Our local YWCA has been offering Masters swim classes for a couple of years, but I've always been too intimidated to try it. I've gotten a little faster this summer, though, and have been doing plenty of intervals in the pool. They kicked me out of my lane a couple of weeks ago when I was doing my last long swim before Rev 3. As I was moving over to an empty lane, I started talking with one of the guys in the class, and he seemed really nice. The group was doing a workout that seemed manageable, and the "slow" lane had a woman I know that swims my pace. I decided that after Rev3, I'd sign up and come back.
Fast forward to this past Thursday when I figured I'd be recovered enough to join the group. I introduced myself to Beth, the instructor. I was really excited to get started until she wrote BREASTSTROKE on the white board. We started doing drills. Apparently I've been doing the whip kick wrong for twenty years. You know, since level 3 of swimming lessons...oops. I do this weird hybrid between a whip kick and a scissors kick that really doesn't belong in the presence of several former collegiate swimmers. Beth gave the others their drills to do. She gave me "modified" drills so I could get the basics down a little better. She had to stop me at the end of the lane several times to give me pointers. It was MORTIFYING! For me, feeling like I'm holding a group of people back is the worst, and that's exactly what I did for most of the class. After the drills, we did 9 x 75 IMs with different combinations of breast, back, free, and fly. Since I now know I can't do the breast with any sort of correct form and I can't do the fly for more than a few strokes, I had to alternate between back-free-back and free-back-free. I apologized to the guy in my lane several times, and repeatedly apologized to Beth. That sinking feeling of not being good enough to be there hung over my head the entire hour.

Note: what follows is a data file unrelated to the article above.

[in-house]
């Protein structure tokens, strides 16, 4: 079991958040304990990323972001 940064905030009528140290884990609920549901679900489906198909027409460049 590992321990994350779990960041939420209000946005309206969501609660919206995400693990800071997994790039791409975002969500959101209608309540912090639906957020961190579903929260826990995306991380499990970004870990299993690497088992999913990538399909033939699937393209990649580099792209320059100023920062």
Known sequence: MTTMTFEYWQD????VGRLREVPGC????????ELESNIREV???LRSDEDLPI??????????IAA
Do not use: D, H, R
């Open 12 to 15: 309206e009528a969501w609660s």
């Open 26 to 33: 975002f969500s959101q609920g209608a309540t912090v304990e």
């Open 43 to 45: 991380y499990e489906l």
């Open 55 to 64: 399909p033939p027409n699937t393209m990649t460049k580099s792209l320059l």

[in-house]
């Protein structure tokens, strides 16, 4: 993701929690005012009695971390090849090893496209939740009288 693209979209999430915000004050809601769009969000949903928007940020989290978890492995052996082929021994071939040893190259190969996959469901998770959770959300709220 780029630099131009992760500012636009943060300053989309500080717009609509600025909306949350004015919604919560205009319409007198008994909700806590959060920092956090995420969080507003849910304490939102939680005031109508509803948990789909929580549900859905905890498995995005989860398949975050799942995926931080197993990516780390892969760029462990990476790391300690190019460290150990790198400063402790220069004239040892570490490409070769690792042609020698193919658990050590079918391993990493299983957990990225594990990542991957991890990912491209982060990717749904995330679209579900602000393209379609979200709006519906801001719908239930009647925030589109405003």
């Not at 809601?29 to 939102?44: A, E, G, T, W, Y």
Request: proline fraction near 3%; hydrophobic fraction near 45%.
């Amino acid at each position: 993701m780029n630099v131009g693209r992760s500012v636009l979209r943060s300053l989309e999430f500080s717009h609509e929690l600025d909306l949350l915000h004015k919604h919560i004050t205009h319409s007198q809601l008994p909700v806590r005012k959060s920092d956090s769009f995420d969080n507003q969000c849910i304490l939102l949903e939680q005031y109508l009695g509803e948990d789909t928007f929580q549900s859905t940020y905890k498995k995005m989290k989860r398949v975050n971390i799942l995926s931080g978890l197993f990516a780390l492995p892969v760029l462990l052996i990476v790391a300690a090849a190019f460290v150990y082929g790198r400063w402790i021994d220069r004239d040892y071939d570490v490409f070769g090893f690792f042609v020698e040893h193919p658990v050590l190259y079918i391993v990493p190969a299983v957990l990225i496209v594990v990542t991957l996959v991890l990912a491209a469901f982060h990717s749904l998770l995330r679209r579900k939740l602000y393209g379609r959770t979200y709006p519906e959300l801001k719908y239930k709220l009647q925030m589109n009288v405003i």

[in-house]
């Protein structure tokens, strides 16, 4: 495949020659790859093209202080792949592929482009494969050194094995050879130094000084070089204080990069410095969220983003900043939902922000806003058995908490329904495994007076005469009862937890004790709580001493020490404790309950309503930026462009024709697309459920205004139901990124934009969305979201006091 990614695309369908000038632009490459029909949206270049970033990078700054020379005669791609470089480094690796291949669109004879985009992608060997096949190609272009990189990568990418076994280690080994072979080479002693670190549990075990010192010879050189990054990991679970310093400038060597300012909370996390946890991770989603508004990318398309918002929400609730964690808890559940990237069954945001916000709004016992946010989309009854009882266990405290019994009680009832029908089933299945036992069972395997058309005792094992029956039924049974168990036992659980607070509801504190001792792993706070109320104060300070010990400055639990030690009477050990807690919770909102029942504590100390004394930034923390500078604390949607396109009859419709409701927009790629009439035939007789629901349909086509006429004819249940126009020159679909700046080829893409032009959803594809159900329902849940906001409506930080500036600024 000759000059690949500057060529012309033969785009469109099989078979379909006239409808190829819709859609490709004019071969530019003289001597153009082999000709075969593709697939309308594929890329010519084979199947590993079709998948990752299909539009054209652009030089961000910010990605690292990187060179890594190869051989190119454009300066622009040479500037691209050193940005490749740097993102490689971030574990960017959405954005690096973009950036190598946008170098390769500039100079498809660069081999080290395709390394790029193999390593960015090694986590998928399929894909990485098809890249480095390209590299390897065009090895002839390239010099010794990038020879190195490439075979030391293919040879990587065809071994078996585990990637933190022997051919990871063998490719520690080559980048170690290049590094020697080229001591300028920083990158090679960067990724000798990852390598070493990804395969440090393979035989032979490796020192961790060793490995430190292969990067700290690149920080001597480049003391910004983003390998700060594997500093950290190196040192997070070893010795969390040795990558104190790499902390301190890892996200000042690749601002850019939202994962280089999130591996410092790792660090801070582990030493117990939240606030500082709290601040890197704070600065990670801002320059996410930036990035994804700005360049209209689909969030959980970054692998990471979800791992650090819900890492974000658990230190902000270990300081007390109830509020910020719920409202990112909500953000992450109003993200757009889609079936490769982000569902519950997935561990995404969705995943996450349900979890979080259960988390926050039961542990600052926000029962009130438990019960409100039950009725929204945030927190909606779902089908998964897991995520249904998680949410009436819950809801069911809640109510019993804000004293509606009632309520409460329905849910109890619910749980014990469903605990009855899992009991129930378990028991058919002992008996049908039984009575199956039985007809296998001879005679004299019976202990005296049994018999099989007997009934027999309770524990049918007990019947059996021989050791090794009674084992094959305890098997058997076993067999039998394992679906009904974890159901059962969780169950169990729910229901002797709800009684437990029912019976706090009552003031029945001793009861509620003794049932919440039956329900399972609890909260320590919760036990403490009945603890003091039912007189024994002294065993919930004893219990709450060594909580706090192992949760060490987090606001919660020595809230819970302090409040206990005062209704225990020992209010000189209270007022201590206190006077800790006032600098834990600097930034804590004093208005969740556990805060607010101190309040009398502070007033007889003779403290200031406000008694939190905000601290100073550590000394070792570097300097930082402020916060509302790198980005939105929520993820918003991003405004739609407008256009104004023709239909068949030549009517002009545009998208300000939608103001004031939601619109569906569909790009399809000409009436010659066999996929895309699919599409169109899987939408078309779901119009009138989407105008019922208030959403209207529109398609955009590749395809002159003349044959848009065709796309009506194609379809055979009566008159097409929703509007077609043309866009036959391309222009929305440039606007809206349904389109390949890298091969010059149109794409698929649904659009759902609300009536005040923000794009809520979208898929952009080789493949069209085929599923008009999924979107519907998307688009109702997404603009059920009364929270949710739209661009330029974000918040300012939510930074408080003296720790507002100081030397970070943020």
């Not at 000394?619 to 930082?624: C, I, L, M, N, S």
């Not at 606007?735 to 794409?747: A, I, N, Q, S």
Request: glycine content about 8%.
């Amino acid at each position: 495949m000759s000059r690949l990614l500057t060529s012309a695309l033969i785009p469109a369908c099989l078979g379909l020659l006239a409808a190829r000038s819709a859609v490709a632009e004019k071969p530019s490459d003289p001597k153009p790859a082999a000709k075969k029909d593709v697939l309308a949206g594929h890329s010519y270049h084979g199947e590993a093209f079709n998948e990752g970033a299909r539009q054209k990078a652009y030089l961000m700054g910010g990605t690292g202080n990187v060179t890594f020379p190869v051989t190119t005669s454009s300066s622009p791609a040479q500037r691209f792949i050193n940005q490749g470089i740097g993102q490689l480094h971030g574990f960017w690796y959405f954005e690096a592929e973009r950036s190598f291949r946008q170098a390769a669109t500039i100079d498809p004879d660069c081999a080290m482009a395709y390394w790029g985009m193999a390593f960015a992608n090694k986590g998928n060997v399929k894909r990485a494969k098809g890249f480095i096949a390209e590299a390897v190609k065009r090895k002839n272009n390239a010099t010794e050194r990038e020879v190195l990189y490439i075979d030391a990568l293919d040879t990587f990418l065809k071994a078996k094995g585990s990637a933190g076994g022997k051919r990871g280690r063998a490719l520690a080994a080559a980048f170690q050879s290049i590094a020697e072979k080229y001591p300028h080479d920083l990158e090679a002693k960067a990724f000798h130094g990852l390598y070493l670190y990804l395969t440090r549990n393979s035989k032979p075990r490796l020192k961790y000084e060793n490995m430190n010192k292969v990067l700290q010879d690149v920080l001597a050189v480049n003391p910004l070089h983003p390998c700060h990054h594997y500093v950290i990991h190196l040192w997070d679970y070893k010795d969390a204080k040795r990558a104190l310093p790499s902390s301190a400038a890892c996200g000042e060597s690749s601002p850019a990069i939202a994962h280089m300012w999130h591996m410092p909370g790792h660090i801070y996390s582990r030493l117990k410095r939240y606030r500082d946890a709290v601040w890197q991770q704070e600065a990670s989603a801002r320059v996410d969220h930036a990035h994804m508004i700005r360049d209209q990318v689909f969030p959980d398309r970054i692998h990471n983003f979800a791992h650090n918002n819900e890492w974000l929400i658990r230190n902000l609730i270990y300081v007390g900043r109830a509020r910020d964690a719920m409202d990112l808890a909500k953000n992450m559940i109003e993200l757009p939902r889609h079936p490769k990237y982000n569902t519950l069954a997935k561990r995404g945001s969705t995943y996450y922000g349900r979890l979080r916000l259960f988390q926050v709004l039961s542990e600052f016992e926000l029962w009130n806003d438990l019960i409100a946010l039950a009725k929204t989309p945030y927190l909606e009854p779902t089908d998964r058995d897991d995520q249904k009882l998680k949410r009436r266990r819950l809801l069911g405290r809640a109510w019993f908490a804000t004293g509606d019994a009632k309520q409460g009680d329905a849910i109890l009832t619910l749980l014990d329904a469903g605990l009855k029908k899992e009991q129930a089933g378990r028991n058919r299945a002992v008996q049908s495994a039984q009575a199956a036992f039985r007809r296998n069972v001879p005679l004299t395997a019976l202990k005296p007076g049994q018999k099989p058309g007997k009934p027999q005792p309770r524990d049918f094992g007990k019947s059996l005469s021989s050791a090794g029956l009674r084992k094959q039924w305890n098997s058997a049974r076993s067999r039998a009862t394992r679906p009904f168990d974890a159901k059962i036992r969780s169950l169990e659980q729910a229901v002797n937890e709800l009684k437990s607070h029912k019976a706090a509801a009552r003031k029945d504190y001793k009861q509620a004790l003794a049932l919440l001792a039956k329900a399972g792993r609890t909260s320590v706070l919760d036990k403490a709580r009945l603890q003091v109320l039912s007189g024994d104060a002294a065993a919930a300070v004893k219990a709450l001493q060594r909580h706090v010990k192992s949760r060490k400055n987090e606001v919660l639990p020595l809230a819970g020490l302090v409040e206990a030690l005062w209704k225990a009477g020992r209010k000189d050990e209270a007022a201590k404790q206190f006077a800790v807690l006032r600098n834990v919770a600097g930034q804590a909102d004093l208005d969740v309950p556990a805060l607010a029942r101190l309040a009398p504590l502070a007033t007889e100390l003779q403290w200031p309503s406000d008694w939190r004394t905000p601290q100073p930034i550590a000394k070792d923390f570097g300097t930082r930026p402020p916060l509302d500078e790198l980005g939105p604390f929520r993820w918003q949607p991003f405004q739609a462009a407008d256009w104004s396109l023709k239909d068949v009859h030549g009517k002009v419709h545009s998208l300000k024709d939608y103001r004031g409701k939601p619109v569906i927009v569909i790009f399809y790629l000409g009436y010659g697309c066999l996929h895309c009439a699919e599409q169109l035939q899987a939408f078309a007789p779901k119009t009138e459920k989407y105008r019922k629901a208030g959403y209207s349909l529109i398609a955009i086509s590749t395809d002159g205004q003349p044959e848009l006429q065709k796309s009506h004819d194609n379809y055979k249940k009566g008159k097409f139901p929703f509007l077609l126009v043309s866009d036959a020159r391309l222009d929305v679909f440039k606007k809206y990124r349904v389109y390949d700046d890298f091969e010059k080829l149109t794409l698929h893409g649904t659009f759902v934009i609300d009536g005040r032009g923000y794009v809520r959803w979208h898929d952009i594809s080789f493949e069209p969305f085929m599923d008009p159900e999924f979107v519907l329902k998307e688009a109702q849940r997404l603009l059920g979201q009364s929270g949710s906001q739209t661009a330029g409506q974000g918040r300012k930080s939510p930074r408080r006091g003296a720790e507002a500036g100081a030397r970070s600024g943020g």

I'm not a swimmer by trade. I passed all of my swimming lessons when I was young and have always loved swimming for fun. I took to the distance pretty fast when I decided to train for my first tri in 2004. Steve and I taught ourselves Total Immersion in 2005. Since then, I have worked on improving my form and speed. I'm still not fast at all - around 2:00/100, but I'm comfortable in the water and generally enjoy it. I guess that's why I was so surprised to feel like a kindergartner in an algebra class on my first day. I talked to the instructor after class and asked her whether I was just in way over my head. She was very gracious and told me that she has swimmers of all different levels in her classes and that she's taught people who are afraid to put their faces in the water. Somehow that didn't make me feel any better. When I told her that I've done Ironman a couple of times and that I'm generally comfortable with the distance, she looked genuinely shocked. I'm not sure that was a compliment.
I know that sticking with this will be good for me. It'll be great to meet some new people and improve all of my swim strokes. It will keep me motivated to get in the pool this winter, something that I struggle with every off season. Eventually, it'll make me faster, too. I can tell that already. I'm planning on going back for at least a few more classes. I'm sure that if I can just get over the initial embarrassment, I really will have fun. On nights when we focus on free and endurance, I'll be fine. I'm already a little nervous for this Thursday, though, when we focus on the butterfly. Gulp.
Happy swimming everybody!
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